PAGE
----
Author: Neil King
Source: The New York Times
Date: April 21, 202
On savoring the glories of just one future summer.
Surely more than once you have hiked atop mountains spilling to the sea or downed a glass of wine that had no equal or plunged from a dock into an emerald bay and thought: “This is so perfect. If I never do this again in my life, I will be satisfied.”
But it never holds true. We are all insatiable. It is only natural to want more, much more, of what’s exquisite.
We’re having an extended bout of that thirst now, all of us, collectively anchored to our sofas — and for good reason — as we thumb through maps and remember past pleasures. We are learning the sweetening effect of denial, how more gorgeous the vistas are now that we can no longer see them.
A deep breath is in order. A huge, collective inhale. If you have ever had one of those diagnoses that make you sit upright and reappraise everything, you will know what I mean. You will be attuned to this coronavirus moment. I had such a diagnosis nearly three years ago. I staggered from the doctor’s office and immediately began to tally the things I wanted to do just one more time.
Since then, amid relapses and recoveries, I have reoriented my relationship with time and expectation. I have seen the beauty of life on the six-month plan, which goes something like this: Be confident in the span you know you have; extract from it all you can; look no further. That approach can add great potency to every shared dinner, every concert, every walk in the park, every swim.
Jotting your own just-one-more-time list can be bracing and clarifying. My post-diagnosis list was simple, stark in its way, but deadly serious.
Above all, I wanted to get back, just once more, to the cottage we’d bought four summers before on a harbor on Cape Breton Island, Nova Scotia. At the very end of North America. From our porch you can see the last gasp of the Appalachian range before it slouches into the Atlantic.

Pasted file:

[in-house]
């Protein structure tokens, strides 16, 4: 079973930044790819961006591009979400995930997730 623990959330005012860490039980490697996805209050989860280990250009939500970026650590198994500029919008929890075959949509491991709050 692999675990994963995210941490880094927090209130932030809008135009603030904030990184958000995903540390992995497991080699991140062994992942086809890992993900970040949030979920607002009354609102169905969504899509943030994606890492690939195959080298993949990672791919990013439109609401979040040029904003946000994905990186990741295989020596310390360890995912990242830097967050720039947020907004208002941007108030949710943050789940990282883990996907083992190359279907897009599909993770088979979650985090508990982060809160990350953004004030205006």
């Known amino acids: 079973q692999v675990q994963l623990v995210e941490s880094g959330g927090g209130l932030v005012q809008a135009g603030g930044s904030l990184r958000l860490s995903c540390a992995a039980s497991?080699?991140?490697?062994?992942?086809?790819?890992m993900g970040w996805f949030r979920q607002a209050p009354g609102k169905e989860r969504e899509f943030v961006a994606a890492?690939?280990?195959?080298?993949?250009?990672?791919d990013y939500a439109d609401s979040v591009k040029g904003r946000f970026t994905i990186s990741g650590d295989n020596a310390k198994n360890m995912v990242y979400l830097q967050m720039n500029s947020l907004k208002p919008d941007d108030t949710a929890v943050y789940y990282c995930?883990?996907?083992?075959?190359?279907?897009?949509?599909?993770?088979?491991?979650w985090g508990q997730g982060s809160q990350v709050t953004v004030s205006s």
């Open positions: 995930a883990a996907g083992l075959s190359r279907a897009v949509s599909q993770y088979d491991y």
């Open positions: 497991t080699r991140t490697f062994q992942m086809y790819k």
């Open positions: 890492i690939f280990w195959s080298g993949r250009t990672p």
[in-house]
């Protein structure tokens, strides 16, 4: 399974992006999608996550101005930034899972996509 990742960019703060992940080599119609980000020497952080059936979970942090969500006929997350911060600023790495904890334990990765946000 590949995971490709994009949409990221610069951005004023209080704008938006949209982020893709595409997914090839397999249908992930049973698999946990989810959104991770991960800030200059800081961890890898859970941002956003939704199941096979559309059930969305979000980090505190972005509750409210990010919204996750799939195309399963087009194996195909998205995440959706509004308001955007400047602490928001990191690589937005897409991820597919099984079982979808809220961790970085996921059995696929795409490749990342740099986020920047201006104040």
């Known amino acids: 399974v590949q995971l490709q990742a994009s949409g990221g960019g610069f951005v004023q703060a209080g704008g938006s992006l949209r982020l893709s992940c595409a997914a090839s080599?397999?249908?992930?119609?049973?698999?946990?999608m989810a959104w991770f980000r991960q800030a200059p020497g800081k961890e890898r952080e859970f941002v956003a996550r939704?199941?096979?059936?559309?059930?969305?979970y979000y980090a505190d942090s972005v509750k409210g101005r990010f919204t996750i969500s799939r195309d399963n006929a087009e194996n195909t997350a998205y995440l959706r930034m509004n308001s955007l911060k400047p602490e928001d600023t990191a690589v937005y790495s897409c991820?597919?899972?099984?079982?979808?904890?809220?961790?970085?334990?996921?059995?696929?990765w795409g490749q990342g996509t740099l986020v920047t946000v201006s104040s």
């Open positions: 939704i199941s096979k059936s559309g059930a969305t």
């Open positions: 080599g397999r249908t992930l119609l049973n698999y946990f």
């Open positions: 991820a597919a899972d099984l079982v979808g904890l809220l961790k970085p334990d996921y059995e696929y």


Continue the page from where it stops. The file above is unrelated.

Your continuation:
That cottage embodied summer simplicity, but my real wish was a few miles down the coast. If I made it through the fall, the winter, the spring; the chemo, the radiation, the surgery; if I was still of one piece and not consumed by my attacker, I just wanted to go to White Point. And there at the tip of that magical windswept thump of rock, to swim in the frothy sea as I had with my daughters for four summers straight.
Nearly a year passed, and on an August evening after a rain, I crested the hill and saw all of White Point sprawled like a slice of the Scottish moors before me. I clenched my fists and broke into a run. At the water’s edge I stripped to my shorts and dived. The Atlantic’s embrace, cold and briny, brought at once a jolt of gratitude and joy and forgiveness.
Setbacks prompted other just-once-more aspirations, now tucked into the recent past. To hike the Grand Canyon. To fish in Patagonia with my wife. Always while keeping the horizon close, and humble.
We are all reorienting now, reappraising, sorting what matters from what doesn’t. From the fear and uncertainty of this moment, from the shock of this global deprivation, we might even extract a deeper love for all we are given.
It’s not easy, maintaining that heightened tang of appreciation. I received good news earlier this year and can already feel myself becoming gluttonous again in my good fortune. Please, give me White Point again this summer, and the summer after that. Just one more decade of White Points. And the Dalmatian Coast again, too, would be great. I have allowed myself the presumptuousness of future summers.
Soon, if lucky, we will return to some version of our previous freedoms. And if lucky, just once, we will do the things we so want to do now — the huge dinner with friends, the concert at Carnegie Hall, the trek through the Alps — as though we will never do it again. Wiser for the jolt, we will take our time before taking all we’ve been granted for granted again.
Neil King is a writer and former global economics editor at The Wall Street Journal.
The Times is committed to publishing a diversity of letters to the editor. We’d like to hear what you think about this or any of our articles. Here are some tips. And here’s our email: email@example.com.